The tobacco marketing season which opened in February is now around day 50 and so far, 116 million kilogrammes have been sold at an average price of US$3,21 per kg. However, growers have complained bitterly over the prices, which are lower than last year’s.
The average price for the 2012/13 season was US$3,72 per kg, slightly above the previous season’s US$3,68. This year’s price is, therefore, almost 11 percent lower than last year’s. It is anticipated, though, that the average price will likely rise as greater volumes of high quality tobacco are brought to the market.
The outcry over low prices has come mainly from small-scale farmers who sell their crop via the auction system. As at day 45 of the selling season, the auction average price was US$2,62 per kg whereas the contract average was US$3,32 per kg.
Small-scale farmers continue to point fingers at buyers, accusing them of collusion. There have also been complaints about an “unannounced” ceiling price of US$4,99 per kg at the auction floors whereas prices of the contract system have shot above that ceiling.
There are also allegations that for one to get good prices for his or her tobacco, one has to pay US$10 per bale to some buyers to hike the price. Queries are also being raised on why tobacco of the same grade fetches different prices at times.
While the Tobacco Industry and Marketing Board (TIMB) is entitled to explain, the allegations and complaints farmers are raising should inspire a step back with a view to mapping the way forward.
It is important to point out that in both the auction and contract systems, TIMB personnel first classify the tobacco before the actual sale. The final price on the contract system is, therefore, determined by that grade.
On the auction system, however, the grade is supposed to guide the starter and the buyers on what price to offer.
The first question to ask then is: do farmers understand this grading system? If farmers have to complain about the poor prices they are getting, it follows that they should point fingers at some of the TIMB graders. The starter and buyers are supposed to be guided by the grade affixed to their tobacco by these graders. Another question arises: should the auction system price not be guided by the grade where buyers compete to purchase the right quality? That way, all tobacco of the same grade will fetch the same price and that will make farmers realise the importance of achieving good grades. The price on the contract system, which is based on grade, is definitely better.
Such a system will eliminate the pockets of corruption and unfairness at the auction floors. It is definitely time the TIMB considered changing the auction system pricing mechanism.
Almost all farmers can easily grow the tobacco crop, but differences arise in the way the crop is grown. An irrigated crop will have a longer growing period and, therefore, the leaves are likely to be longer than those from a dry-land crop.
A crop that receives enough fertilisers is likely to be heavier and longer than one that does not. Weed and disease management also has a bearing on the size and quality of the leaf.
The biggest differences, however, emanate from the curing process.
Two leaves harvested from the same field and subjected to different curing systems will produce completely different qualities. Curing aims to produce a “golden leaf”, hence the curing process starts with a colouring process where the leaves are left to turn yellow under low temperatures before the wetness is taken out by raising temperatures in the barn.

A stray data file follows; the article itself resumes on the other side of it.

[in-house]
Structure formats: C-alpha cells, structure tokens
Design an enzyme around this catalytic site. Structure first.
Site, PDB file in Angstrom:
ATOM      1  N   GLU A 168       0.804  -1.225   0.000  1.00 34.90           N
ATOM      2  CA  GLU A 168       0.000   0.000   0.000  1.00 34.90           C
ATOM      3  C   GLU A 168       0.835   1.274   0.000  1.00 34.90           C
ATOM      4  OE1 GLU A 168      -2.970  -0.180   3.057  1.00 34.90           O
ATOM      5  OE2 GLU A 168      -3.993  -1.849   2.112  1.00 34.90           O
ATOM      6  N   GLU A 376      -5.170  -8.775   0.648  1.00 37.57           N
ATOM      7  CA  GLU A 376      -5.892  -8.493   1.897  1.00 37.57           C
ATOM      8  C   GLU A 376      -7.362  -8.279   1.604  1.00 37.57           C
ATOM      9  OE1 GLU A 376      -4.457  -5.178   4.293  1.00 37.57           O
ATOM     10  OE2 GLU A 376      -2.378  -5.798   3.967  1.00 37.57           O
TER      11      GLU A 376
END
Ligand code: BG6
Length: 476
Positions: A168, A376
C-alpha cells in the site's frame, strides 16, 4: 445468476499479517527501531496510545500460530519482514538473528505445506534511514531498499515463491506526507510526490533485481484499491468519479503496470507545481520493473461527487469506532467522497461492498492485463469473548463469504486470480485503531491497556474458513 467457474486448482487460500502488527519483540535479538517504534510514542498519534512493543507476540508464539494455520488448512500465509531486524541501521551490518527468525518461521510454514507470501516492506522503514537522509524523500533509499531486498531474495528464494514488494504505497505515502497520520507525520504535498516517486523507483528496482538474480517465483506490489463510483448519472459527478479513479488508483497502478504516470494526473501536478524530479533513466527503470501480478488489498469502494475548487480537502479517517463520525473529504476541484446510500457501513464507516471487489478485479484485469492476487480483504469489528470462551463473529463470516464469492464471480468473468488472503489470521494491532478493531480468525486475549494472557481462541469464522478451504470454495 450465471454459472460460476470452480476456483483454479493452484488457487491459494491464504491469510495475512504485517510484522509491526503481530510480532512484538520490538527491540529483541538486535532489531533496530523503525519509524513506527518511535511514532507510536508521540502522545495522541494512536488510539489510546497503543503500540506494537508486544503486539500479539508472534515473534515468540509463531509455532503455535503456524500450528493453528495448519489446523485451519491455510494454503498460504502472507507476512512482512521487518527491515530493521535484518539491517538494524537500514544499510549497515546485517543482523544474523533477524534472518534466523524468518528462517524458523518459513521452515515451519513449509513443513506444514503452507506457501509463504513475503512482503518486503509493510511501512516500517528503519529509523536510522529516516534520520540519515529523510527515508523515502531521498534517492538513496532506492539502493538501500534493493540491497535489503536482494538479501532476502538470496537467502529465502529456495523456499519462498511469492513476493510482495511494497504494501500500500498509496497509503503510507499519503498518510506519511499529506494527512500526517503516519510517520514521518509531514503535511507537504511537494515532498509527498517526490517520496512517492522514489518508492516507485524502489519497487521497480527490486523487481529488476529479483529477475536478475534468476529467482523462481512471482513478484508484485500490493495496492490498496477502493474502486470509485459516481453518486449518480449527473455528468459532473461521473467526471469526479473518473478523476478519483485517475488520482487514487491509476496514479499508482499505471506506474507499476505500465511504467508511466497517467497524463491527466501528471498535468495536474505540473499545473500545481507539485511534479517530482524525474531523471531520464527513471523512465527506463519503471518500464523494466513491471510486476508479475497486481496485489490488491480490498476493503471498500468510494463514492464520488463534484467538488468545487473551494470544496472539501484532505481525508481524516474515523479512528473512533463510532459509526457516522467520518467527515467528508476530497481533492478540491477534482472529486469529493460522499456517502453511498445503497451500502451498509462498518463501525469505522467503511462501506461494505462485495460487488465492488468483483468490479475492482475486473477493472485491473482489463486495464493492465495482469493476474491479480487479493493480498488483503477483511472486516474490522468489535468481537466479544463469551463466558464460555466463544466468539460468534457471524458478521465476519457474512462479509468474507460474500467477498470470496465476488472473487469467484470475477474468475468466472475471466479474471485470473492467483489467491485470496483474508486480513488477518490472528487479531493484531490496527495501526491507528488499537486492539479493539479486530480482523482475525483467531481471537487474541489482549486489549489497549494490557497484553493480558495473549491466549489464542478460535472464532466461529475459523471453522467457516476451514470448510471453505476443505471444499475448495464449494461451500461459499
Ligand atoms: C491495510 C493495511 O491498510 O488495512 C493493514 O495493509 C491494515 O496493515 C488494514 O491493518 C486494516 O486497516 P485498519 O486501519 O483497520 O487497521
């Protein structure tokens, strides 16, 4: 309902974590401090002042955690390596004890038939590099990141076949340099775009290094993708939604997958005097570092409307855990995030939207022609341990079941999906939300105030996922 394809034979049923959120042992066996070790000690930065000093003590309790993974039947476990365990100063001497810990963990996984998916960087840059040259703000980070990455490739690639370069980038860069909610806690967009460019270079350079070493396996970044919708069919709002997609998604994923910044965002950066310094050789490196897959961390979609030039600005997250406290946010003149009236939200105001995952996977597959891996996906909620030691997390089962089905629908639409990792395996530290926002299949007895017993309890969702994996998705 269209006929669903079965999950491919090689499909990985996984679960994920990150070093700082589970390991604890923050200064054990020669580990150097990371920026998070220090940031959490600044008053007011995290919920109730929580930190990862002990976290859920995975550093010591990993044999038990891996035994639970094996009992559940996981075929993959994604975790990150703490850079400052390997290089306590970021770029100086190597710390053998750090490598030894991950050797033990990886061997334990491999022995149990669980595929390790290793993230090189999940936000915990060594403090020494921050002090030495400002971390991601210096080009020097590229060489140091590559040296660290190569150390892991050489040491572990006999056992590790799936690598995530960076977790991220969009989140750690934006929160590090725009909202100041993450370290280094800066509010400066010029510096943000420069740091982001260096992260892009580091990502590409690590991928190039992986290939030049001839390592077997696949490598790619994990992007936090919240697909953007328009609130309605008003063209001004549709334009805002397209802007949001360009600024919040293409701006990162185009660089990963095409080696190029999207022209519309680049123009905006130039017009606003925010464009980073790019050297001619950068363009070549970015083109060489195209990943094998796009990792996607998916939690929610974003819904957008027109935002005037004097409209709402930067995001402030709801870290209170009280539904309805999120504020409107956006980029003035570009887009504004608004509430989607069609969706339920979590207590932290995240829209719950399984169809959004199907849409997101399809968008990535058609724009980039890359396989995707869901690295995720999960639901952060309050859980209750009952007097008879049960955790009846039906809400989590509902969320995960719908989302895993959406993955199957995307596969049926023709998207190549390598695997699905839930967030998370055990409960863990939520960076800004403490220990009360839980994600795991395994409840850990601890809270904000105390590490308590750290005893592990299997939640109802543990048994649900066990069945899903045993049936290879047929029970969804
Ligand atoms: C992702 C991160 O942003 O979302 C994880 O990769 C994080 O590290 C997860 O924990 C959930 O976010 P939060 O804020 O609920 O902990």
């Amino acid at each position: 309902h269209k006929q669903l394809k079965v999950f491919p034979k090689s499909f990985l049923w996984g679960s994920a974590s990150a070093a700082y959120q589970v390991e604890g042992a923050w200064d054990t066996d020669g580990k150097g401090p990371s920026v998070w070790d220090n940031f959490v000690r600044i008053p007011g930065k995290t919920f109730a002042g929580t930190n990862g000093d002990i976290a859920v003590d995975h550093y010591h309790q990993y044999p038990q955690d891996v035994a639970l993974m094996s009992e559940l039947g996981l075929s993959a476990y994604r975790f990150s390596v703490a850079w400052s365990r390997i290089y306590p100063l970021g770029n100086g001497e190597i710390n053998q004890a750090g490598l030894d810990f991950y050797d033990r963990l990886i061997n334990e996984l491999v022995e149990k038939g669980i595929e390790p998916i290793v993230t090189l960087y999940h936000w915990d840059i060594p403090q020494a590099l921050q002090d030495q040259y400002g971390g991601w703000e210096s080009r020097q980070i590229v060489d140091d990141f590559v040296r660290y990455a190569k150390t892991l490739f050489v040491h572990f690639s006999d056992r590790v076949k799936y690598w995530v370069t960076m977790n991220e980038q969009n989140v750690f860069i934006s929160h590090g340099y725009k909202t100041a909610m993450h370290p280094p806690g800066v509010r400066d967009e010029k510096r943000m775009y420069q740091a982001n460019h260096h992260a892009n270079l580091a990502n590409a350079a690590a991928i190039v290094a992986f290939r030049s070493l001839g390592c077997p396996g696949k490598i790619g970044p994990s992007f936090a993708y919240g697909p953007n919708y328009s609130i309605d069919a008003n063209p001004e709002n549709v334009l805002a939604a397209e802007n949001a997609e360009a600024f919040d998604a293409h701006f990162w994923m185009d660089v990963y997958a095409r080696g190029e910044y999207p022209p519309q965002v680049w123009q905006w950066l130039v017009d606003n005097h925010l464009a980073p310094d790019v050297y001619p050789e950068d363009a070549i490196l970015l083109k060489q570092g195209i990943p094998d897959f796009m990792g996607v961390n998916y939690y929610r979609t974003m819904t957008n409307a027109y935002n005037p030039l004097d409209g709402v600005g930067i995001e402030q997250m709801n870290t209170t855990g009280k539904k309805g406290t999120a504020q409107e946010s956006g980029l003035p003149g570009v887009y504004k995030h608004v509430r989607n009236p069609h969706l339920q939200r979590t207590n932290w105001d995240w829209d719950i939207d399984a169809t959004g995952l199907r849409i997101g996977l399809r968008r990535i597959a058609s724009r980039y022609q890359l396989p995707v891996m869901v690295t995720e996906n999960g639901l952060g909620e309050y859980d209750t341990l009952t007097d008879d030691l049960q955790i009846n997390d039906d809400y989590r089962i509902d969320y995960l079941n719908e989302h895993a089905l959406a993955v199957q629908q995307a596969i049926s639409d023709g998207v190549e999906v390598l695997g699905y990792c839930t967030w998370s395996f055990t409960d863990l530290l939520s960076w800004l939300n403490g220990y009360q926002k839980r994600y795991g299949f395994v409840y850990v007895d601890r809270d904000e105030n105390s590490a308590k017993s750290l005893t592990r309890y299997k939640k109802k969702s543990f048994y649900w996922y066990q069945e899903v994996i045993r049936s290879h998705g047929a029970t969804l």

The way those temperatures are raised has a bearing on the final quality of the leaf. A too sudden rise in temperatures is likely to have a negative impact on the leaf. Once a leaf has been cured, it still needs to be graded before it is baled and sent to the market. Wrong grading can result in the wrong picture being portrayed on the marketing floor as sometimes farmers mix grades, resulting in their bales being classified as mixed.
The layout of the tobacco on the floor is also important as there should be a smooth gradient from best quality to the worst grade, with the best tobacco being placed first and the worst last.
It is not a secret that over 20 000 new farmers are venturing into tobacco growing each year; the question is: Are they all knowledgeable on what needs to be done? This points to the need for training farmers on the different aspects of tobacco growing. Government extension workers are normally short of resources and are, therefore, not in a position to train the farmers regularly.
The Tobacco Research Board (TRB) conducts some one-day training courses on different aspects of tobacco growing at their Kutsaga Research Station. Although a farmer can grasp aspects of seedbed management in a day, one is unlikely to master the art of grading or curing in just a day.
There might be need for some courses at agricultural training centres such as Dozmery Farmer Training Centre in Macheke or youth training centres like Jamaica Inn Training Centre in Melfort.
Farmers would then pay for their upkeep while the TRB or TIMB provide the training personnel.
TIMB normally conducts end-of-season evaluations. However, the question remains: with the current discontent over low prices and alleged corruption, should the TIMB wait until the end of the season to review the pricing mechanism of the auction system?
Peter Gambara is an agricultural economist and a tobacco farmer
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